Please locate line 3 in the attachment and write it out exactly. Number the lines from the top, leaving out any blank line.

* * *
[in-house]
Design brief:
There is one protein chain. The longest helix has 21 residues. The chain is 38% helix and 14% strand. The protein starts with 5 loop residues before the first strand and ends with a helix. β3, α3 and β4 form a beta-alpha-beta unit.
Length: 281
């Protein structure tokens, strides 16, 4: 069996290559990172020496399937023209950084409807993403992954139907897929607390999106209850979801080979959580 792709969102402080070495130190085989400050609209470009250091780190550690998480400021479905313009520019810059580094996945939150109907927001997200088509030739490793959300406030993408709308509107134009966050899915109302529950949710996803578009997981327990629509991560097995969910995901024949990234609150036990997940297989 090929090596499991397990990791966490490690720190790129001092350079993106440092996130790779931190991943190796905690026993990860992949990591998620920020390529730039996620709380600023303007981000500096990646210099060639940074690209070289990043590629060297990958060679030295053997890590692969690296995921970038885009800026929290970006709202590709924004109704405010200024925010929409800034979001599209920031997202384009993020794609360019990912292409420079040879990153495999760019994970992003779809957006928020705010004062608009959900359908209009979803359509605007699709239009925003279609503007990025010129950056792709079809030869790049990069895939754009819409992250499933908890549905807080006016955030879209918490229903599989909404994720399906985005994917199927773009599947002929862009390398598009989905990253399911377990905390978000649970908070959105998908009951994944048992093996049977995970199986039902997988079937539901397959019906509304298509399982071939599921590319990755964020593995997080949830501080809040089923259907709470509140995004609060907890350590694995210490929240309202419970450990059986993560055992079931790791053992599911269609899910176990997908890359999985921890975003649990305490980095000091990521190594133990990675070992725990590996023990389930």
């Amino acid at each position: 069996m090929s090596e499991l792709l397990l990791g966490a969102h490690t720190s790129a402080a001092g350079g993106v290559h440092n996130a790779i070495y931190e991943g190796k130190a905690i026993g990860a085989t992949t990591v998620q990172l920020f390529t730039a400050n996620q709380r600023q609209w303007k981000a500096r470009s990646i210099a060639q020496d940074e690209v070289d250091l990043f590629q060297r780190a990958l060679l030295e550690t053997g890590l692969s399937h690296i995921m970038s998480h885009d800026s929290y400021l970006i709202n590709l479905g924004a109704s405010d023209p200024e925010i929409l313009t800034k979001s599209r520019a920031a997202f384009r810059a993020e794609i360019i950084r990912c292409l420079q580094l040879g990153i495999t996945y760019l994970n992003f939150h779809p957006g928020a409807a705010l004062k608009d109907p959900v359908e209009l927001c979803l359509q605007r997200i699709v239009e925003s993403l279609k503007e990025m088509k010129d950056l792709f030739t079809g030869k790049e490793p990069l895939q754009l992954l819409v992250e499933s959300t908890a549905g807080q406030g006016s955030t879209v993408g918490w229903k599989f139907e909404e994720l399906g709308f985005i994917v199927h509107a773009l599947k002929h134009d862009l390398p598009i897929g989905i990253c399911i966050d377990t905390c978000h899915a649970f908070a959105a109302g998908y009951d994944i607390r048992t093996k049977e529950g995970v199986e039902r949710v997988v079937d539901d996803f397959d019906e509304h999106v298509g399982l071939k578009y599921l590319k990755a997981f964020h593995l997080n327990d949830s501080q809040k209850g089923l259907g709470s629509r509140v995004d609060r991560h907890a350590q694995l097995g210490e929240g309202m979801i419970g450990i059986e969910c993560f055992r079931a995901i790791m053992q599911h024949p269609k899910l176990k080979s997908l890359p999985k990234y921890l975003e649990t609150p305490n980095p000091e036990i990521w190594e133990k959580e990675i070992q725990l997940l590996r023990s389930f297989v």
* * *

There is one protein chain. The longest helix has 21 residues. The chain is 38% helix and 14% strand. The protein starts with 5 loop residues before the first strand and ends with a helix. β3, α3 and β4 form a beta-alpha-beta unit.